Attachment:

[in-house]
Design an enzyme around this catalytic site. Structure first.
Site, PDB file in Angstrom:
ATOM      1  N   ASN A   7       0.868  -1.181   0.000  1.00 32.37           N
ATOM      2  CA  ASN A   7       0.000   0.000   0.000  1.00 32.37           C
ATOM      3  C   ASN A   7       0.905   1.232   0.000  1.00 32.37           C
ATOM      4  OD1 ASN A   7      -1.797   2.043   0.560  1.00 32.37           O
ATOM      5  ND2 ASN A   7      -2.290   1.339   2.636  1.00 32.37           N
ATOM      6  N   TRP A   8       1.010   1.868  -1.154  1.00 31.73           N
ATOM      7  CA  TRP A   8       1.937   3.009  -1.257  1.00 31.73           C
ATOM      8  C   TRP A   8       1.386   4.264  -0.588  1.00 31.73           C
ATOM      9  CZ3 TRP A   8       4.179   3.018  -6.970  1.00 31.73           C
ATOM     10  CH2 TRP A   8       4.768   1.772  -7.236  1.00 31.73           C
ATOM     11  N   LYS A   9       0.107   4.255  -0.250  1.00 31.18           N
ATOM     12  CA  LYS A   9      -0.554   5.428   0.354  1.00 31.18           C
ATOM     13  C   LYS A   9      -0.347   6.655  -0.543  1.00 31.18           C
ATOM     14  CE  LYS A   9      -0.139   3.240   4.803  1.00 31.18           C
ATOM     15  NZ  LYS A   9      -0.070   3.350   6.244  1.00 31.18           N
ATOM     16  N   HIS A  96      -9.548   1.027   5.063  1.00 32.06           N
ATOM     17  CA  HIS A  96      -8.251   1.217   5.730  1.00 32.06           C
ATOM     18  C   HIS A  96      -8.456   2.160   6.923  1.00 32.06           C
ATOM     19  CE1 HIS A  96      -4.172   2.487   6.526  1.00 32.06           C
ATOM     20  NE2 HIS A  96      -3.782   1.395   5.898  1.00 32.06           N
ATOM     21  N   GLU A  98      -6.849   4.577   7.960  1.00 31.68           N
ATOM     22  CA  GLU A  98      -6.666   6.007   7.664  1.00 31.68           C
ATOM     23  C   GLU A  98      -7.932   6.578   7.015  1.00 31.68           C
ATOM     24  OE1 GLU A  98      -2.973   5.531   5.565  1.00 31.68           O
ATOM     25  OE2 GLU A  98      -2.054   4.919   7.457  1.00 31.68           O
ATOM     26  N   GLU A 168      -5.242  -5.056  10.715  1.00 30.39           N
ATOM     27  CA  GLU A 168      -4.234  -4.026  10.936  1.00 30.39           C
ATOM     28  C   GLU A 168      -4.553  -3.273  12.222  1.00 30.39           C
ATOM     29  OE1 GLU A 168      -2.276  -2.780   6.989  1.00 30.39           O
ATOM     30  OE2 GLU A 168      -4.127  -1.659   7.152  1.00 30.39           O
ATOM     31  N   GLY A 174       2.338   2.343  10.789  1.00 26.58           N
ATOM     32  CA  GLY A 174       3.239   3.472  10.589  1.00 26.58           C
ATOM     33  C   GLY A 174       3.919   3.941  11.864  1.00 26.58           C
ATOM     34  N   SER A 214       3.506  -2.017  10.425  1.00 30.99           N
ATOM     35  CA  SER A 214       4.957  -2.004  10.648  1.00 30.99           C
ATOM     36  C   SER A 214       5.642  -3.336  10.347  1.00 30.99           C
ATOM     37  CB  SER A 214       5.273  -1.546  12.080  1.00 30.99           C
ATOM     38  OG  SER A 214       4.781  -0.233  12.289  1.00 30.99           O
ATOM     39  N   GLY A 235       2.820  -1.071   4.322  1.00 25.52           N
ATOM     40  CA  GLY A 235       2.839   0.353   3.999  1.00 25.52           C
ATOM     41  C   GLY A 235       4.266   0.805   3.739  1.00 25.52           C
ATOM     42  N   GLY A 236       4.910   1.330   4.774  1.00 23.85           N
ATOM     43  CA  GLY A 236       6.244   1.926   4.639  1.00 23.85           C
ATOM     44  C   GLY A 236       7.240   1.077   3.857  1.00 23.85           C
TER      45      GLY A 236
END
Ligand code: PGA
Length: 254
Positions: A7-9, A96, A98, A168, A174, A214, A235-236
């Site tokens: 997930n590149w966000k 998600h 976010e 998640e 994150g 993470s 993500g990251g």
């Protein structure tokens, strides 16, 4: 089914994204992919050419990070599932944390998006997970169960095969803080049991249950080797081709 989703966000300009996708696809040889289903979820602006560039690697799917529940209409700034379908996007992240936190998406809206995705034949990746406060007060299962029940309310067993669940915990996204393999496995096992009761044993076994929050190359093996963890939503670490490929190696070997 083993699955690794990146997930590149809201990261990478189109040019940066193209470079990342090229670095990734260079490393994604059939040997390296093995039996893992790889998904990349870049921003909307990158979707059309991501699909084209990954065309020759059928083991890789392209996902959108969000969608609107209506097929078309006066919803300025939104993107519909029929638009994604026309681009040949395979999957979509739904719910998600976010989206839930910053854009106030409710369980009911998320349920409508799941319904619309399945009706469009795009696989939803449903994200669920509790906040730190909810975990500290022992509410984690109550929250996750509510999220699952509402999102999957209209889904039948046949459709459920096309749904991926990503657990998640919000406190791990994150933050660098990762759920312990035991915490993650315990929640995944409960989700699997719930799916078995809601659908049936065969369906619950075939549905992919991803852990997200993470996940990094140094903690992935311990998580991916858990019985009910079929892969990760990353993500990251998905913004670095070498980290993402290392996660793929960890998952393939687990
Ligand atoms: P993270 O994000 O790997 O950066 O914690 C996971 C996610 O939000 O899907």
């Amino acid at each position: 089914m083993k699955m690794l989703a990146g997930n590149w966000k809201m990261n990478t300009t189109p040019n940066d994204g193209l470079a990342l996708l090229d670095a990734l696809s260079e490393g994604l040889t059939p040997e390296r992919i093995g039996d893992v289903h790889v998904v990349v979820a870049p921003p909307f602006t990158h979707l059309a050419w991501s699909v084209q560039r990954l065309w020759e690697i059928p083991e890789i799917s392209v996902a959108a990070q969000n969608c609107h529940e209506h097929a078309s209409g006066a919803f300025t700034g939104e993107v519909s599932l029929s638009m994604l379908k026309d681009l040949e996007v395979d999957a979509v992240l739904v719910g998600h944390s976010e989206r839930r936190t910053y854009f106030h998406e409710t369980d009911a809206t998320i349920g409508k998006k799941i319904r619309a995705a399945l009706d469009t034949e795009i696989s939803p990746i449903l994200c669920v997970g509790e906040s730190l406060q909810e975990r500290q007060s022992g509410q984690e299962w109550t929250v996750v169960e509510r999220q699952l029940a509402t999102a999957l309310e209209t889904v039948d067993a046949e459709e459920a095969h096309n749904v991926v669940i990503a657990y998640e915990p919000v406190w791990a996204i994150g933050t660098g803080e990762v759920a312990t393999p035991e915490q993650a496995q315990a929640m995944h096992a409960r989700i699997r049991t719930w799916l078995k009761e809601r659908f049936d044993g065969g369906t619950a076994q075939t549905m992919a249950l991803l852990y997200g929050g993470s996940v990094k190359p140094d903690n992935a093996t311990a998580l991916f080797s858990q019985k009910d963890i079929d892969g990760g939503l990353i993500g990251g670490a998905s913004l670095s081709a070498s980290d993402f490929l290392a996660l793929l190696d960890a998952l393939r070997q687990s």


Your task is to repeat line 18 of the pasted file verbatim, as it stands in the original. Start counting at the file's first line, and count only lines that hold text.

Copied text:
ATOM     15  NZ  LYS A   9      -0.070   3.350   6.244  1.00 31.18           N